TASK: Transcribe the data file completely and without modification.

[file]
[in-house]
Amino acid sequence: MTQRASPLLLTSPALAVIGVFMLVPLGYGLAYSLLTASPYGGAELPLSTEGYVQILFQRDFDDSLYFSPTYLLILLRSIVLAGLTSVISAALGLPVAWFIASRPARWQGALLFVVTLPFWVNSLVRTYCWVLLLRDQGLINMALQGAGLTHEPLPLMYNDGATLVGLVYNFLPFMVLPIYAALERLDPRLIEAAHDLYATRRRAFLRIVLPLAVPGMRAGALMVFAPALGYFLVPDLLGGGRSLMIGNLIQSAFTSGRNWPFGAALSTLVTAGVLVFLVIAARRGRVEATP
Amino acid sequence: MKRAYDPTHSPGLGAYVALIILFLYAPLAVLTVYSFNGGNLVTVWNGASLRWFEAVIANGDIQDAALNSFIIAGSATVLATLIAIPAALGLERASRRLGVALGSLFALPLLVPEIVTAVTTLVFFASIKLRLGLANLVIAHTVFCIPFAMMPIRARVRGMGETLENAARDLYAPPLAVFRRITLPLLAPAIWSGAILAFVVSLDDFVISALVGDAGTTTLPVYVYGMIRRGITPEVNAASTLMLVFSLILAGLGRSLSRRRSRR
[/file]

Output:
[in-house]
Amino acid sequence: MTQRASPLLLTSPALAVIGVFMLVPLGYGLAYSLLTASPYGGAELPLSTEGYVQILFQRDFDDSLYFSPTYLLILLRSIVLAGLTSVISAALGLPVAWFIASRPARWQGALLFVVTLPFWVNSLVRTYCWVLLLRDQGLINMALQGAGLTHEPLPLMYNDGATLVGLVYNFLPFMVLPIYAALERLDPRLIEAAHDLYATRRRAFLRIVLPLAVPGMRAGALMVFAPALGYFLVPDLLGGGRSLMIGNLIQSAFTSGRNWPFGAALSTLVTAGVLVFLVIAARRGRVEATP
Amino acid sequence: MKRAYDPTHSPGLGAYVALIILFLYAPLAVLTVYSFNGGNLVTVWNGASLRWFEAVIANGDIQDAALNSFIIAGSATVLATLIAIPAALGLERASRRLGVALGSLFALPLLVPEIVTAVTTLVFFASIKLRLGLANLVIAHTVFCIPFAMMPIRARVRGMGETLENAARDLYAPPLAVFRRITLPLLAPAIWSGAILAFVVSLDDFVISALVGDAGTTTLPVYVYGMIRRGITPEVNAASTLMLVFSLILAGLGRSLSRRRSRR